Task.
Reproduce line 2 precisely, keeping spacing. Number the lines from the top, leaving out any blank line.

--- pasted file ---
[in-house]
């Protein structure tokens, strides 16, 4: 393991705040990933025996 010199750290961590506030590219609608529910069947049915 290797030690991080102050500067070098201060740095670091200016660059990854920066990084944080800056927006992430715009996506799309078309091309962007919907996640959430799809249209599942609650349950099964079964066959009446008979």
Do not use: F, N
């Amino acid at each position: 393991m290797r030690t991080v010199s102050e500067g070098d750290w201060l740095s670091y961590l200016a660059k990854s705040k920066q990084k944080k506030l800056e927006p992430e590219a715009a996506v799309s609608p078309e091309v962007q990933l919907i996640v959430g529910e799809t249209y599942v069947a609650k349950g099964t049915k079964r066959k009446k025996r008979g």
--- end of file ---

């Protein structure tokens, strides 16, 4: 393991705040990933025996 010199750290961590506030590219609608529910069947049915 290797030690991080102050500067070098201060740095670091200016660059990854920066990084944080800056927006992430715009996506799309078309091309962007919907996640959430799809249209599942609650349950099964079964066959009446008979």